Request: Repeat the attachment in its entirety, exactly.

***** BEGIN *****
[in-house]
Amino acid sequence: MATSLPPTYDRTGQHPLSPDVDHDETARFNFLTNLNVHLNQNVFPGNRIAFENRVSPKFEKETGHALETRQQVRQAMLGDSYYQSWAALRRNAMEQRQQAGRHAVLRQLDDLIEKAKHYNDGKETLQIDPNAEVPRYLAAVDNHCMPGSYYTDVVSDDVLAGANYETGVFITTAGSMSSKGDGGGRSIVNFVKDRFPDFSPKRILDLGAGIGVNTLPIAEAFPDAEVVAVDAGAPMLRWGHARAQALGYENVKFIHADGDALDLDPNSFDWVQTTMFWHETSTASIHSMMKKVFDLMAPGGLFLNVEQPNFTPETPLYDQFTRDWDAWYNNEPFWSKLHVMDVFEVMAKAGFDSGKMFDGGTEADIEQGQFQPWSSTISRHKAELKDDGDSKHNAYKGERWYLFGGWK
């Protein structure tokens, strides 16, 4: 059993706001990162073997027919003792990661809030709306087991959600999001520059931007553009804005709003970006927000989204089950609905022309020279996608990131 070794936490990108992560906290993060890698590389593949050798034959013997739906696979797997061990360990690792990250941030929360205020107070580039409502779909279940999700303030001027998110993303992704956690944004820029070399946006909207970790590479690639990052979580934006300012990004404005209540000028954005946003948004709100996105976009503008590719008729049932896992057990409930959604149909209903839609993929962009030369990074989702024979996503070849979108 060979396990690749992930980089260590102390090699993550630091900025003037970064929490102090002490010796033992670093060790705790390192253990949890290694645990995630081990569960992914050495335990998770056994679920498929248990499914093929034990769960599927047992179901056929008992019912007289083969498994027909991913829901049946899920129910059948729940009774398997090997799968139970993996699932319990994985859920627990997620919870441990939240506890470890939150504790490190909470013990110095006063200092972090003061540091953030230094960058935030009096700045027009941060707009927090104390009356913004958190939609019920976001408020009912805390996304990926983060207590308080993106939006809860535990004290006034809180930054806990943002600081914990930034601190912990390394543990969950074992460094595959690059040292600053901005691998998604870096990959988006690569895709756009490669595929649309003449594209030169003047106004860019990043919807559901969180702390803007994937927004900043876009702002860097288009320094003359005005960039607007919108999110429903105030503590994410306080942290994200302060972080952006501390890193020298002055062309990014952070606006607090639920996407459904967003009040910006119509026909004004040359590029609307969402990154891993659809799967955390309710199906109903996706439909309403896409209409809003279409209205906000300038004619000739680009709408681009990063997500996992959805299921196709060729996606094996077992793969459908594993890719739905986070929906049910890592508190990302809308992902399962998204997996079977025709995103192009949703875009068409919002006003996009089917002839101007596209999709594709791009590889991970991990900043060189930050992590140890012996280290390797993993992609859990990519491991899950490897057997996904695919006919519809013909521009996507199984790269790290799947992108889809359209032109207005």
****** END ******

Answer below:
[in-house]
Amino acid sequence: MATSLPPTYDRTGQHPLSPDVDHDETARFNFLTNLNVHLNQNVFPGNRIAFENRVSPKFEKETGHALETRQQVRQAMLGDSYYQSWAALRRNAMEQRQQAGRHAVLRQLDDLIEKAKHYNDGKETLQIDPNAEVPRYLAAVDNHCMPGSYYTDVVSDDVLAGANYETGVFITTAGSMSSKGDGGGRSIVNFVKDRFPDFSPKRILDLGAGIGVNTLPIAEAFPDAEVVAVDAGAPMLRWGHARAQALGYENVKFIHADGDALDLDPNSFDWVQTTMFWHETSTASIHSMMKKVFDLMAPGGLFLNVEQPNFTPETPLYDQFTRDWDAWYNNEPFWSKLHVMDVFEVMAKAGFDSGKMFDGGTEADIEQGQFQPWSSTISRHKAELKDDGDSKHNAYKGERWYLFGGWK
């Protein structure tokens, strides 16, 4: 059993706001990162073997027919003792990661809030709306087991959600999001520059931007553009804005709003970006927000989204089950609905022309020279996608990131 070794936490990108992560906290993060890698590389593949050798034959013997739906696979797997061990360990690792990250941030929360205020107070580039409502779909279940999700303030001027998110993303992704956690944004820029070399946006909207970790590479690639990052979580934006300012990004404005209540000028954005946003948004709100996105976009503008590719008729049932896992057990409930959604149909209903839609993929962009030369990074989702024979996503070849979108 060979396990690749992930980089260590102390090699993550630091900025003037970064929490102090002490010796033992670093060790705790390192253990949890290694645990995630081990569960992914050495335990998770056994679920498929248990499914093929034990769960599927047992179901056929008992019912007289083969498994027909991913829901049946899920129910059948729940009774398997090997799968139970993996699932319990994985859920627990997620919870441990939240506890470890939150504790490190909470013990110095006063200092972090003061540091953030230094960058935030009096700045027009941060707009927090104390009356913004958190939609019920976001408020009912805390996304990926983060207590308080993106939006809860535990004290006034809180930054806990943002600081914990930034601190912990390394543990969950074992460094595959690059040292600053901005691998998604870096990959988006690569895709756009490669595929649309003449594209030169003047106004860019990043919807559901969180702390803007994937927004900043876009702002860097288009320094003359005005960039607007919108999110429903105030503590994410306080942290994200302060972080952006501390890193020298002055062309990014952070606006607090639920996407459904967003009040910006119509026909004004040359590029609307969402990154891993659809799967955390309710199906109903996706439909309403896409209409809003279409209205906000300038004619000739680009709408681009990063997500996992959805299921196709060729996606094996077992793969459908594993890719739905986070929906049910890592508190990302809308992902399962998204997996079977025709995103192009949703875009068409919002006003996009089917002839101007596209999709594709791009590889991970991990900043060189930050992590140890012996280290390797993993992609859990990519491991899950490897057997996904695919006919519809013909521009996507199984790269790290799947992108889809359209032109207005």